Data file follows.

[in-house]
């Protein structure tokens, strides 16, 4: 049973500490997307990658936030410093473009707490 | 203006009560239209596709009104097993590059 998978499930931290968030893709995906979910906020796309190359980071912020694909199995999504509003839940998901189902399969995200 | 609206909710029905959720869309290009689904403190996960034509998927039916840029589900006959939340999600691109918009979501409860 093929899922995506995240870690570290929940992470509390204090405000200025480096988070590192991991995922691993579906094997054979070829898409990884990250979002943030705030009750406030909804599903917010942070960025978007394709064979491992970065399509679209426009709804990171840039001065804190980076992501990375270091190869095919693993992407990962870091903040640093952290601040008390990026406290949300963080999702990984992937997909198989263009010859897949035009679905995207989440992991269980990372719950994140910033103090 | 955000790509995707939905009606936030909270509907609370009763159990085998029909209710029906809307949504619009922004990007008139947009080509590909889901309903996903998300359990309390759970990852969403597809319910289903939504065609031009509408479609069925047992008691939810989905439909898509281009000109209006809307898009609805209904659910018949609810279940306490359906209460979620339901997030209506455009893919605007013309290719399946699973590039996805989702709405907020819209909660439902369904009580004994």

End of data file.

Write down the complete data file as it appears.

[in-house]
């Protein structure tokens, strides 16, 4: 049973500490997307990658936030410093473009707490 | 203006009560239209596709009104097993590059 998978499930931290968030893709995906979910906020796309190359980071912020694909199995999504509003839940998901189902399969995200 | 609206909710029905959720869309290009689904403190996960034509998927039916840029589900006959939340999600691109918009979501409860 093929899922995506995240870690570290929940992470509390204090405000200025480096988070590192991991995922691993579906094997054979070829898409990884990250979002943030705030009750406030909804599903917010942070960025978007394709064979491992970065399509679209426009709804990171840039001065804190980076992501990375270091190869095919693993992407990962870091903040640093952290601040008390990026406290949300963080999702990984992937997909198989263009010859897949035009679905995207989440992991269980990372719950994140910033103090 | 955000790509995707939905009606936030909270509907609370009763159990085998029909209710029906809307949504619009922004990007008139947009080509590909889901309903996903998300359990309390759970990852969403597809319910289903939504065609031009509408479609069925047992008691939810989905439909898509281009000109209006809307898009609805209904659910018949609810279940306490359906209460979620339901997030209506455009893919605007013309290719399946699973590039996805989702709405907020819209909660439902369904009580004994």